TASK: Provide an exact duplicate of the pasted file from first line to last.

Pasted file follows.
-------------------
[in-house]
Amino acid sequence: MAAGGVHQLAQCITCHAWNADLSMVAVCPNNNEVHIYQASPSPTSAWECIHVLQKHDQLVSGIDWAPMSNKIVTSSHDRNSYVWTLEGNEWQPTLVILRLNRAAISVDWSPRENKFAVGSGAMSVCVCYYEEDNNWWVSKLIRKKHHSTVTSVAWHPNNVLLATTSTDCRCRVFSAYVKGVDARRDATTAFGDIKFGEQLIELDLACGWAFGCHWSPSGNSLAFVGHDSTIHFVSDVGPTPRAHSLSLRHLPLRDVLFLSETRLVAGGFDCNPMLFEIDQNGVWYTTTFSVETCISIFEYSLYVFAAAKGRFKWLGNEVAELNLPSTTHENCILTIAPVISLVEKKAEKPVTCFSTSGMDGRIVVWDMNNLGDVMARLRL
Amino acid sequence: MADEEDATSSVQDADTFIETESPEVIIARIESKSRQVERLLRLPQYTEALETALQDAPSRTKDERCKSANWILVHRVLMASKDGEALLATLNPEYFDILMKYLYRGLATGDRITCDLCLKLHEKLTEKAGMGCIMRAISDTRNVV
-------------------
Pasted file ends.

[in-house]
Amino acid sequence: MAAGGVHQLAQCITCHAWNADLSMVAVCPNNNEVHIYQASPSPTSAWECIHVLQKHDQLVSGIDWAPMSNKIVTSSHDRNSYVWTLEGNEWQPTLVILRLNRAAISVDWSPRENKFAVGSGAMSVCVCYYEEDNNWWVSKLIRKKHHSTVTSVAWHPNNVLLATTSTDCRCRVFSAYVKGVDARRDATTAFGDIKFGEQLIELDLACGWAFGCHWSPSGNSLAFVGHDSTIHFVSDVGPTPRAHSLSLRHLPLRDVLFLSETRLVAGGFDCNPMLFEIDQNGVWYTTTFSVETCISIFEYSLYVFAAAKGRFKWLGNEVAELNLPSTTHENCILTIAPVISLVEKKAEKPVTCFSTSGMDGRIVVWDMNNLGDVMARLRL
Amino acid sequence: MADEEDATSSVQDADTFIETESPEVIIARIESKSRQVERLLRLPQYTEALETALQDAPSRTKDERCKSANWILVHRVLMASKDGEALLATLNPEYFDILMKYLYRGLATGDRITCDLCLKLHEKLTEKAGMGCIMRAISDTRNVV